Thursday, 23 October 2008

TOO MUCH MEDDLING!


There was a tragic moment, today, when I discovered an old friend, sadly brought down by age and infirmity.  

I walked from Kings Cross Station to the RHS Headquarters at Vincent Square - howzzat for good, green behaviour??!!  - but I digress.  My favourite route is through Bloomsbury, past the British Museum, across Tragalgar Square and then a leafy interlude through the Whitehall end of Saint James's Park.  

There's an ancient medlar tree that I've known and enjoyed there for nearly thirty years.  It has been well cared-for, with the down-curving, gnarled limbs carefully supported by props, and with old or dying branches removed  from time to time.  In spring, the solitary blossoms are a joy and all summer, it creates a companionable, dark green hump when foliage covers the stooping  boughs.

When I passed it today, however, I saw that much of the top growth has been removed, leaving a sadly disfigured wreck.  Before, it was quaint; now it's ugly and sad.  Whether gales or decay did this, I know not, but as a horticulturist, I suppose I should recommend its removal.  The remains would be chopped down and the roots removed, perhaps to make room for a 'more interesting' tree.  But it would break my heart if the Royal Parks did that.  Let's hope they bolster up the poor old wreck, as long as it can produce a flower or two in spring and a little foliage in summer.

As usual, I'd forgotten to take my pocket camera to Town, so no picture of my languishing loved-one I'm afraid.  The picture of the medlar fruit at the top is growing in Rosemoor and is a much more vigorous specimen.  Not a pretty sight, though, and a compelling explanation of the disgustingly anatomical name given by more raunchy Victorians to this fruit which is inedible until rotten.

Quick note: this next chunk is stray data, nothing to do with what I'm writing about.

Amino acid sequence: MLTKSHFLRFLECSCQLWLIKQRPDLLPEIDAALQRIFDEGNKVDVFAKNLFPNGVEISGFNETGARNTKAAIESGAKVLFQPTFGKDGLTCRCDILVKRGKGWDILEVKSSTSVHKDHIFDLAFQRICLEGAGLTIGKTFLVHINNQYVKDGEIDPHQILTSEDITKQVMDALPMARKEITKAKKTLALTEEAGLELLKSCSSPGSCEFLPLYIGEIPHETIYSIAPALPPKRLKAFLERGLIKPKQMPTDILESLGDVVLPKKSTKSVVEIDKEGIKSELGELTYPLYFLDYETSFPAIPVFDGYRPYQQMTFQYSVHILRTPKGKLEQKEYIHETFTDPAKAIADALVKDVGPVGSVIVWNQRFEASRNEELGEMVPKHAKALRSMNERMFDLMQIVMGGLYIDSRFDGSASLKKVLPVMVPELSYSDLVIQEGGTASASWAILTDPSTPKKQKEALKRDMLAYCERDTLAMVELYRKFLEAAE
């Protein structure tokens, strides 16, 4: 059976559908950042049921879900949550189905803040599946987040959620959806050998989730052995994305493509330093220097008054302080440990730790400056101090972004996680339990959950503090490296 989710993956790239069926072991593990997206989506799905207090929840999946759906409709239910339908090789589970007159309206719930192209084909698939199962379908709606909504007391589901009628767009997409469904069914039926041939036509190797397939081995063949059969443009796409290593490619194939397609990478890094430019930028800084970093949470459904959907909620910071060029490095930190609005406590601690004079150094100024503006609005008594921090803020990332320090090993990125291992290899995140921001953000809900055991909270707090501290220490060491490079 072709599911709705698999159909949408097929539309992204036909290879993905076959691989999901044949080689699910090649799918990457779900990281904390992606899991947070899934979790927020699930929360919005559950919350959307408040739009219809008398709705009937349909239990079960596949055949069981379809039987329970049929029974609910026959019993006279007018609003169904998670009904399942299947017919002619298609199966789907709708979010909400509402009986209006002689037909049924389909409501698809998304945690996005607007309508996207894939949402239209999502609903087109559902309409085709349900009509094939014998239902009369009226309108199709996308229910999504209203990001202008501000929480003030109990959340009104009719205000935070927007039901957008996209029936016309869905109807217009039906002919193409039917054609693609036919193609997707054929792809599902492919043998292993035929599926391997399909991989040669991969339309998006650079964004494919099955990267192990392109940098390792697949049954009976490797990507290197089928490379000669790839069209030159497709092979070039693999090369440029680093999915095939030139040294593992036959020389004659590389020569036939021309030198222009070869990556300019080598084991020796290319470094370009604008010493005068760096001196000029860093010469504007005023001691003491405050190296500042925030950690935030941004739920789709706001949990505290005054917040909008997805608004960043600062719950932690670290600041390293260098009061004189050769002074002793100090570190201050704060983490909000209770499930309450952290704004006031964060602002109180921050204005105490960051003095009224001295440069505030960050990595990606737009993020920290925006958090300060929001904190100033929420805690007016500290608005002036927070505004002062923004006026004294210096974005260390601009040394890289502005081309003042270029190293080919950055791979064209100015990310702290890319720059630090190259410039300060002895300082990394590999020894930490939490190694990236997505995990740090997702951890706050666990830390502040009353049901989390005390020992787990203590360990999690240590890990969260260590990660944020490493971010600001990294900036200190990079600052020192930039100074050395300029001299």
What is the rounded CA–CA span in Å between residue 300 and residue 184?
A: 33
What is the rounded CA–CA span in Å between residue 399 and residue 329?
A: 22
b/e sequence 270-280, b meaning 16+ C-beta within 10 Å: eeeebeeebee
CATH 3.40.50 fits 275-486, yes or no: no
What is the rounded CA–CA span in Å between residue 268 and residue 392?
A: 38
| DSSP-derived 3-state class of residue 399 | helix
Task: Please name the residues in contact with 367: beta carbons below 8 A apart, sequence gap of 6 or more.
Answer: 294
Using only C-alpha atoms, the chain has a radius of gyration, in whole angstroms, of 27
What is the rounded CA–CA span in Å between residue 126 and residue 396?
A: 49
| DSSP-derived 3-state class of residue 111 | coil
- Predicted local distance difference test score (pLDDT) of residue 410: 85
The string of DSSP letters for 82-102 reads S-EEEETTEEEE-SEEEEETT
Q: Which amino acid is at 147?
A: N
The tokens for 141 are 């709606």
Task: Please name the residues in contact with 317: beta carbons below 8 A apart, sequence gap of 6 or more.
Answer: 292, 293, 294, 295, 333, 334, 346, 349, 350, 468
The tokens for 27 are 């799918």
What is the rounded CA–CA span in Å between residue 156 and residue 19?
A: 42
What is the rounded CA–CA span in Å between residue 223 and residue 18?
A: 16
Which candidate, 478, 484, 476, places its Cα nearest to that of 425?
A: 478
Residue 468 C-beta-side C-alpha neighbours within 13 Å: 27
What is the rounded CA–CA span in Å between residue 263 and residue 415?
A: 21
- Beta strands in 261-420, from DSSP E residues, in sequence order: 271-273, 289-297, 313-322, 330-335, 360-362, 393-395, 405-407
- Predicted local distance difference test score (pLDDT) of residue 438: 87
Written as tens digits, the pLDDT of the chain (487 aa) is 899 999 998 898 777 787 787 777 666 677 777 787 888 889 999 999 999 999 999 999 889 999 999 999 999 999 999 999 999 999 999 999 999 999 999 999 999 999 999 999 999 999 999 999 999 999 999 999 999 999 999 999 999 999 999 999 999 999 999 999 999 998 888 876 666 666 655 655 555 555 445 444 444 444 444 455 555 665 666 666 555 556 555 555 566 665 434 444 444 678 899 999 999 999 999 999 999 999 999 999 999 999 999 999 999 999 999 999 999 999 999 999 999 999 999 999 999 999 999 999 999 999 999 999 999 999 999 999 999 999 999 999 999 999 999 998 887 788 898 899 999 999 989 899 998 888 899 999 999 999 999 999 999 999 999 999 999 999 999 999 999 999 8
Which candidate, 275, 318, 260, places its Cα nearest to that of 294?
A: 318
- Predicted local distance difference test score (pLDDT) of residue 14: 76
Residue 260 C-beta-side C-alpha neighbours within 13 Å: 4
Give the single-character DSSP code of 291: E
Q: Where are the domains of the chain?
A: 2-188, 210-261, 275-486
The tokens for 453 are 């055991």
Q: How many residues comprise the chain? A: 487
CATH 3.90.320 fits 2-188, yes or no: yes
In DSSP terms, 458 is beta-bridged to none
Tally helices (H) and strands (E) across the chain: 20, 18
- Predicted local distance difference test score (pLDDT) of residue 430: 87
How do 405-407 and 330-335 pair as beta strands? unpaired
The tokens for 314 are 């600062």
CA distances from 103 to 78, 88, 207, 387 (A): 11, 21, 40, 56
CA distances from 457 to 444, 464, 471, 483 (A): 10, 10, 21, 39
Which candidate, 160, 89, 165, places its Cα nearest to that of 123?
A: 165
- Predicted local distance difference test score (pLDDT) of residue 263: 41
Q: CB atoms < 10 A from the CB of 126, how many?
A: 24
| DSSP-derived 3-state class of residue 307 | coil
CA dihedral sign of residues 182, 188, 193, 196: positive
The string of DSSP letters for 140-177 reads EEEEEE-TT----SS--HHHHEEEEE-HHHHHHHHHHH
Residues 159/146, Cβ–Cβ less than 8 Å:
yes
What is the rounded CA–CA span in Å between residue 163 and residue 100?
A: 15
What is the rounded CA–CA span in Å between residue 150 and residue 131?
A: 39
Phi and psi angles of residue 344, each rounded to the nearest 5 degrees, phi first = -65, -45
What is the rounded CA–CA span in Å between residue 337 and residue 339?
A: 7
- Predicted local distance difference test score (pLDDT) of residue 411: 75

12 comments:

  1. Its sad when a tree you have known for a long time comes to the end of its life. I remember being very upset when some Chestnut trees I had grown up with were taken down. I was surprised at the comment that they might replace it with something more interesting - I wondered if you were being sarcastic since I think medlers are very interesting and increasingly rare these days

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  2. Yes, being sarcastic! I should have put the words into quotes - indeed, I've now edited it. Every garden which has enough space should surely have a medla, a quince and a fig, don't you think?

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  3. I do hope the next time you go on a green saunter from Kings Cross Station to RHS HQ you have your camera to immortalize that ancient friend the medlar and immortalize her digitized on your web log.

    All the history breathed into its bark and to be featured on a blog for the world to see - pretty trendy and lively for the old girl still.

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  4. But do you like to eat medlars, quinces and figs?

    Lucy